The government must not interfere with people’s personal choices, but seek to address the needs of a changing society, according to the Labour Party.
The party is hosting its first-ever congress at the National Park in Ta’ Qali this week, and each day, party members and representatives of organisations are given the opportunity to discuss a number of issues, before voting on guidelines which Labour is committing itself to base its electoral manifesto upon.
Three discussions were held yesterday, focusing on family, equality and work.
The first discussion was opened by social worker Carmen Fearne, who noted that as families had changed over the years, their changing needs also needed to be addressed. She brought up women’s increased participation in the workforce as an example of a significant change, pointing out that the ensuing concerns about childcare were adding to their stress.
Ms Fearne also remarked that families were not solely made up of the “traditional” nuclear family, a point which was seized upon by Malta Gay Rights Movement coordinator Gabi Calleja. She argued that gay couples and their children should enjoy the same rights as other families, earning an applause from a crowd made up mostly of elderly people.
Millennium Chapel director Fr Saviour Grima focused on the most vulnerable families, stressing that there were uncomfortable realities – such as people resorting to prostitution to pay debts – which needed to be addressed.
He stressed that families at risk of poverty often lacked budgeting skills which needed to be taught, and observed that local councils which are meant to serve the community should also have programmes to help families.
A number of different issues were brought up during the discussion on equality, with representatives of organisations focusing on their area of expertise and other contributors discussing their own experiences.
Lorraine Spiteri, from the Malta Confederation of Women’s Organisations, pointed out the irony of political parties applying quotas to increase female participation while Malta opposed introducing such quotas in company boardrooms. Later on, MCWO chairperson Renée Laiviera spoke about domestic violence, arguing that a change of law was necessary to protect victims and punish perpetrators appropriately.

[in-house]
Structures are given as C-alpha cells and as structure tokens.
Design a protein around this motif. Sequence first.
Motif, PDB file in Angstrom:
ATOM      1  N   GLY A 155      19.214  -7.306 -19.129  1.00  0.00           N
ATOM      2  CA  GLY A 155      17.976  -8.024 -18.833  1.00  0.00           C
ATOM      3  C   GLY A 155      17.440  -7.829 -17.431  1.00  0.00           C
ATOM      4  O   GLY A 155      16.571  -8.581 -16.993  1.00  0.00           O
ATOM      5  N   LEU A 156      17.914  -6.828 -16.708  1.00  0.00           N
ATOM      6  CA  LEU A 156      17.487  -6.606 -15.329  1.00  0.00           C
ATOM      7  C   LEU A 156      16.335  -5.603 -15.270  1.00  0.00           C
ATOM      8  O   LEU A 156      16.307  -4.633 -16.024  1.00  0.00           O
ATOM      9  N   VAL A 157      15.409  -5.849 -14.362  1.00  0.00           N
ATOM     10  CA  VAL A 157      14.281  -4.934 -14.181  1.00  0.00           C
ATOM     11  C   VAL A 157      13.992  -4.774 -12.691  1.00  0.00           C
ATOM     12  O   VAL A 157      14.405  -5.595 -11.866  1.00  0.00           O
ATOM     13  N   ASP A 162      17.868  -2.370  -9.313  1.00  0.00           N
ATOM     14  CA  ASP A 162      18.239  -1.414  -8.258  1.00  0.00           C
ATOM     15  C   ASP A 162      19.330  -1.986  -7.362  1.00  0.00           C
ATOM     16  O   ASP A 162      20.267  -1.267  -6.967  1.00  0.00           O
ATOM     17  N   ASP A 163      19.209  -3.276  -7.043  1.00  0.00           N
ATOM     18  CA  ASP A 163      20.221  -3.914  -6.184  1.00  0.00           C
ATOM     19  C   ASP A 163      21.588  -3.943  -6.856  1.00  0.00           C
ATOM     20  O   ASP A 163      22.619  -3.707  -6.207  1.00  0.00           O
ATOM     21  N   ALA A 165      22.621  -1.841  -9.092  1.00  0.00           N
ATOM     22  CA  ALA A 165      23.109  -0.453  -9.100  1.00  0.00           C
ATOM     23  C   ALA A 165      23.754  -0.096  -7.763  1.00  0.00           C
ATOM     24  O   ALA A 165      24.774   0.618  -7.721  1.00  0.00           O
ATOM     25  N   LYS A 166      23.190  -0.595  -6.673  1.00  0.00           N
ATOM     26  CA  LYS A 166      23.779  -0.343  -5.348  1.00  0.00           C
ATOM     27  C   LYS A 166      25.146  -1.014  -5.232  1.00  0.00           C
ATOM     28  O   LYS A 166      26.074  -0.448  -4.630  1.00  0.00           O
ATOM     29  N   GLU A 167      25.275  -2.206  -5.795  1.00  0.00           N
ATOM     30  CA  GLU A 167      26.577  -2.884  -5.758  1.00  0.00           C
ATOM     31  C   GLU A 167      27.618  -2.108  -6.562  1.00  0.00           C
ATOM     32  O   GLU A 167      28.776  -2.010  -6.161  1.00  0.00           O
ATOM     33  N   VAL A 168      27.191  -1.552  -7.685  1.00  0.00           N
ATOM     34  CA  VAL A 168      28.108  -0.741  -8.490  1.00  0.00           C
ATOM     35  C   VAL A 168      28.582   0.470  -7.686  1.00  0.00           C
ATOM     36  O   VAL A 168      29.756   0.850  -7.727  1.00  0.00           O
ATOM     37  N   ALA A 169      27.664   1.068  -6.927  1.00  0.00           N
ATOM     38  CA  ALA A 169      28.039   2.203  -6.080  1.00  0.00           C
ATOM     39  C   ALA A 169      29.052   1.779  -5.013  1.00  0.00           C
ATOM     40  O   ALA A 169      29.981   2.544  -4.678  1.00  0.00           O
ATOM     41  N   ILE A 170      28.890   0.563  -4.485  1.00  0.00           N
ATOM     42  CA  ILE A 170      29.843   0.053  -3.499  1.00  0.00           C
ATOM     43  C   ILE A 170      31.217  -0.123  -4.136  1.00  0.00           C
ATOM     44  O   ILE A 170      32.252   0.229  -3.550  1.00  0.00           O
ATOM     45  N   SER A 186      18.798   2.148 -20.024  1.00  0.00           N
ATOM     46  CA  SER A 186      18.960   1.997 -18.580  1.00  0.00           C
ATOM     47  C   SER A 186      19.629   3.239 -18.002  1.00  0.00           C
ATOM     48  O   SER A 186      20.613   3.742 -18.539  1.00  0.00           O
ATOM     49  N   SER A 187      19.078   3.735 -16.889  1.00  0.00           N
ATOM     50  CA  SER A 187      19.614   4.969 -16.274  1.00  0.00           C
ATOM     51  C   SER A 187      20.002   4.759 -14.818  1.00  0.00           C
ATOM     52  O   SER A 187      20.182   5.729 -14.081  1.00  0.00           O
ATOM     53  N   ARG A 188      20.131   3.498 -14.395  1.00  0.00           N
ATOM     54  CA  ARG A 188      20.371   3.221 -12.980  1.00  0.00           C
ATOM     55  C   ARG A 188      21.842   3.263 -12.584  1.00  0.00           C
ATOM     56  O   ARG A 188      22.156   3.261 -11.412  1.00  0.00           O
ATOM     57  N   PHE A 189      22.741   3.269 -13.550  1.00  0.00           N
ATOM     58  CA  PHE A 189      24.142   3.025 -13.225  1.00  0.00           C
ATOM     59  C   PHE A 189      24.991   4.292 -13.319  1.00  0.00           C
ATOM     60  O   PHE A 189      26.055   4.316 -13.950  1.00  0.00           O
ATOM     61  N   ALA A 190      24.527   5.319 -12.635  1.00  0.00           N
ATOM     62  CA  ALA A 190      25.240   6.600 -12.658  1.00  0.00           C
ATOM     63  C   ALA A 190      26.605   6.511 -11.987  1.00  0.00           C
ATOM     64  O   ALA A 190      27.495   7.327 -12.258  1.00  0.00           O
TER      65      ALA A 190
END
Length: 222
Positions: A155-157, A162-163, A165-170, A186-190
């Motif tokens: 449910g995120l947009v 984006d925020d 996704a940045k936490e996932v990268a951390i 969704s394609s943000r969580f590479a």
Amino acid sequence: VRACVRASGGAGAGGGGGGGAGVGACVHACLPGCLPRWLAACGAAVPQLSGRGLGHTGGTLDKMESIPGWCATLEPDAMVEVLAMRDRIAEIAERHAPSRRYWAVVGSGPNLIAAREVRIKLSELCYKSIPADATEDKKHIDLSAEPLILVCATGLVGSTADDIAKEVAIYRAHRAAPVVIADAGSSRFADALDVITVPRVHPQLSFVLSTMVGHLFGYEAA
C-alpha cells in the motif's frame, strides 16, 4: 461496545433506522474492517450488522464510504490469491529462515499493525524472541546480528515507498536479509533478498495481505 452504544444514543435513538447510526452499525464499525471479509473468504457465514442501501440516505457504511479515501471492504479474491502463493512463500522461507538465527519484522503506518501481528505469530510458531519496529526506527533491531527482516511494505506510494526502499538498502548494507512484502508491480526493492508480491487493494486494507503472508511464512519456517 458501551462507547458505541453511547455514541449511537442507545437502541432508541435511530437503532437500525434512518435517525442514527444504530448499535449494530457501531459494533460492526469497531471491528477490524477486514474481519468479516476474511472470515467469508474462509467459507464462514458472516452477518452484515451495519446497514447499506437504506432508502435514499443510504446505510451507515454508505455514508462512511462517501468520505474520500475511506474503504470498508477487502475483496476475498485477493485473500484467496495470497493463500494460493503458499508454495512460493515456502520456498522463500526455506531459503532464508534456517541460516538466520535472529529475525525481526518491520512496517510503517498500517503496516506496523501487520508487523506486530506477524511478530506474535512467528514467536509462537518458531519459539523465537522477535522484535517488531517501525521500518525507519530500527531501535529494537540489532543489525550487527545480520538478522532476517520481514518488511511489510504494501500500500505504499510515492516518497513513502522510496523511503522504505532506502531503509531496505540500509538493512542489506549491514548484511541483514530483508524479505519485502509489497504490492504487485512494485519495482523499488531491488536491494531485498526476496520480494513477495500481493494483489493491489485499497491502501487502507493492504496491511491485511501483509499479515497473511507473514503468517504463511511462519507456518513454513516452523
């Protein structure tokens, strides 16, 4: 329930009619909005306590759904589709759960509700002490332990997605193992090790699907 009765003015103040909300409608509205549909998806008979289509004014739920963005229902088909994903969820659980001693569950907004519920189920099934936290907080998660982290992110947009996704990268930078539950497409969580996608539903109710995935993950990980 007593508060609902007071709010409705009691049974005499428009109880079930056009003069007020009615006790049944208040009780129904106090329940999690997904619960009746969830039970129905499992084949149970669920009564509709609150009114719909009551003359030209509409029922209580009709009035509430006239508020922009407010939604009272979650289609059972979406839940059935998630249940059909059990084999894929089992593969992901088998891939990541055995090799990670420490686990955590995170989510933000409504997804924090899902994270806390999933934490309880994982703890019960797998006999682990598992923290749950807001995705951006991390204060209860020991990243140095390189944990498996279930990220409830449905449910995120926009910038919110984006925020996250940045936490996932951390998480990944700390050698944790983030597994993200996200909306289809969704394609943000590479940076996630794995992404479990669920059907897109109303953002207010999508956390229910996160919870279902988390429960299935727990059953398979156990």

Ms Calleja and fellow MGRM member Ruth Baldacchino also contributed to the debate, with the latter pointing out that the organisation’s proposals should not be deemed controversial.
Lecturer and family lawyer Ruth Farrugia discussed the rights of children, stressing the need to develop a culture of respect towards them. She noted how the time had come to consolidate a number of existing laws concerning children’s rights, which were introduced at different times and which had different aims.
The second discussion was concluded by Labour’s executive secretary, Lydia Abela, who stressed that the party was secular and believed that public morality – and not religious morality – should guide it.
“Our principal guideline is that the government has no right to interfere with personal choices,” Dr Abela maintained.
The need to address precarious employment was a prominent theme in the final discussion, although other matters were also brought up.
Gżira mayor Roberto Cristiano noted that such employment did not only exist in factories, or in security companies, but also in other fields. General Workers’ Union secretary general Tony Zarb later recounted how a contractor banned workers from speaking about their working conditions: Their contract included a €2,000 fine if they did.
A housewife who was aiming to return to the workforce lamented that present incentives to do so were not up to scratch. While the tax credit on offer sounded tempting, she said, this was outweighed by the increased tax payments her husband would have to pay.
Party leader Joseph Muscat concluded the debate, starting by hailing the congress as a turning point in local politics. In previous such exercises, the emphasis appeared to be on the politician, and not the people, he remarked.
Later on, he observed that the party was not checking the identity of attendees at the congress, adding that it was also ready to listen to people who did not intend to vote for it. “Ideas do not have a political affiliation,” he remarked.
He stressed that the party’s electoral manifesto would not simply consist of a list of promises, but a roadmap where each point is linked to another.
Labour aimed for higher living standards, Dr Muscat said, noting that it was useless to increase income if this increase was being outstripped by an increased cost of living.
He concluded by referring to a point raised by an Air Malta worker, who said that the government presented an overly-optimistic picture before the general elections, then changed the tune. After noting that Enemalta workers would face the same situation this time round, he said that there was one way to stop this practice: Voting for a Labour government.